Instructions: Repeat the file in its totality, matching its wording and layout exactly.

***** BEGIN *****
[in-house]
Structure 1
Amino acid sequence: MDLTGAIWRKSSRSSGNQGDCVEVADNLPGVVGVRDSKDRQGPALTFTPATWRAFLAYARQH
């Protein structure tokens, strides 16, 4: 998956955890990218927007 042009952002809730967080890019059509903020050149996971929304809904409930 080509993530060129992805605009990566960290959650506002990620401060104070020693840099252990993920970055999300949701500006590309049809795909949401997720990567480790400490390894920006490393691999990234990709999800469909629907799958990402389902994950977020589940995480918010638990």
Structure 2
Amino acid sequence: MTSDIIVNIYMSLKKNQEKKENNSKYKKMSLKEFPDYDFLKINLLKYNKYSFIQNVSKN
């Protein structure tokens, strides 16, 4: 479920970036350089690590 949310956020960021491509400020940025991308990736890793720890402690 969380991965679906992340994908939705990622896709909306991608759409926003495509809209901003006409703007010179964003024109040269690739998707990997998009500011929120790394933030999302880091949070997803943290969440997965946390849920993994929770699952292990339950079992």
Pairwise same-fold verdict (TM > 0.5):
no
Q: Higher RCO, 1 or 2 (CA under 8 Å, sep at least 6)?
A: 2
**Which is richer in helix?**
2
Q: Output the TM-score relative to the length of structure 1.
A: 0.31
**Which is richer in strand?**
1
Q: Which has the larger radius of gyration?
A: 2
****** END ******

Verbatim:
[in-house]
Structure 1
Amino acid sequence: MDLTGAIWRKSSRSSGNQGDCVEVADNLPGVVGVRDSKDRQGPALTFTPATWRAFLAYARQH
């Protein structure tokens, strides 16, 4: 998956955890990218927007 042009952002809730967080890019059509903020050149996971929304809904409930 080509993530060129992805605009990566960290959650506002990620401060104070020693840099252990993920970055999300949701500006590309049809795909949401997720990567480790400490390894920006490393691999990234990709999800469909629907799958990402389902994950977020589940995480918010638990």
Structure 2
Amino acid sequence: MTSDIIVNIYMSLKKNQEKKENNSKYKKMSLKEFPDYDFLKINLLKYNKYSFIQNVSKN
């Protein structure tokens, strides 16, 4: 479920970036350089690590 949310956020960021491509400020940025991308990736890793720890402690 969380991965679906992340994908939705990622896709909306991608759409926003495509809209901003006409703007010179964003024109040269690739998707990997998009500011929120790394933030999302880091949070997803943290969440997965946390849920993994929770699952292990339950079992």
Pairwise same-fold verdict (TM > 0.5):
no
Q: Higher RCO, 1 or 2 (CA under 8 Å, sep at least 6)?
A: 2
**Which is richer in helix?**
2
Q: Output the TM-score relative to the length of structure 1.
A: 0.31
**Which is richer in strand?**
1
Q: Which has the larger radius of gyration?
A: 2